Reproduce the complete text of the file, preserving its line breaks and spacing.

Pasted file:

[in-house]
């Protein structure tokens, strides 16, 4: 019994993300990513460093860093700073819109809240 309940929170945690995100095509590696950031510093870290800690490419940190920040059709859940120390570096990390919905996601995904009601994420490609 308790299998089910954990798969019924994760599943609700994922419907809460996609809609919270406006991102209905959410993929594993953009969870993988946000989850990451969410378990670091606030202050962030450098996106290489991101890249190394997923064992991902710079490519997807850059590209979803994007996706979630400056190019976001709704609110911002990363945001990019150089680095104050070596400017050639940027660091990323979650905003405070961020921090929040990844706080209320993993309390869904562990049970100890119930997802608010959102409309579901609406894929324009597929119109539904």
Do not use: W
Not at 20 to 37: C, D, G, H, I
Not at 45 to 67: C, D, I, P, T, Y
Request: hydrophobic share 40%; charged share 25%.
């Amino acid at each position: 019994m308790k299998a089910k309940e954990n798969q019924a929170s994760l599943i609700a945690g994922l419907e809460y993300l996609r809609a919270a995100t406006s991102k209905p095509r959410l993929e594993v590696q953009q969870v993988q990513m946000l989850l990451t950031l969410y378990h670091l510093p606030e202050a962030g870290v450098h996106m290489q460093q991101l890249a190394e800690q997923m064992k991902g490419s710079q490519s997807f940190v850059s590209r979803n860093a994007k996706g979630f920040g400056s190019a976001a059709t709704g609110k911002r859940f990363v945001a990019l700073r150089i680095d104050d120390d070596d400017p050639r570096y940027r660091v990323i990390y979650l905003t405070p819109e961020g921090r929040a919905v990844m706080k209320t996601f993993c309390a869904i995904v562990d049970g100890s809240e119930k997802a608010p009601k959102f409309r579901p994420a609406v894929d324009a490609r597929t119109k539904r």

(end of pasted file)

[in-house]
């Protein structure tokens, strides 16, 4: 019994993300990513460093860093700073819109809240 309940929170945690995100095509590696950031510093870290800690490419940190920040059709859940120390570096990390919905996601995904009601994420490609 308790299998089910954990798969019924994760599943609700994922419907809460996609809609919270406006991102209905959410993929594993953009969870993988946000989850990451969410378990670091606030202050962030450098996106290489991101890249190394997923064992991902710079490519997807850059590209979803994007996706979630400056190019976001709704609110911002990363945001990019150089680095104050070596400017050639940027660091990323979650905003405070961020921090929040990844706080209320993993309390869904562990049970100890119930997802608010959102409309579901609406894929324009597929119109539904």
Do not use: W
Not at 20 to 37: C, D, G, H, I
Not at 45 to 67: C, D, I, P, T, Y
Request: hydrophobic share 40%; charged share 25%.
């Amino acid at each position: 019994m308790k299998a089910k309940e954990n798969q019924a929170s994760l599943i609700a945690g994922l419907e809460y993300l996609r809609a919270a995100t406006s991102k209905p095509r959410l993929e594993v590696q953009q969870v993988q990513m946000l989850l990451t950031l969410y378990h670091l510093p606030e202050a962030g870290v450098h996106m290489q460093q991101l890249a190394e800690q997923m064992k991902g490419s710079q490519s997807f940190v850059s590209r979803n860093a994007k996706g979630f920040g400056s190019a976001a059709t709704g609110k911002r859940f990363v945001a990019l700073r150089i680095d104050d120390d070596d400017p050639r570096y940027r660091v990323i990390y979650l905003t405070p819109e961020g921090r929040a919905v990844m706080k209320t996601f993993c309390a869904i995904v562990d049970g100890s809240e119930k997802a608010p009601k959102f409309r579901p994420a609406v894929d324009a490609r597929t119109k539904r």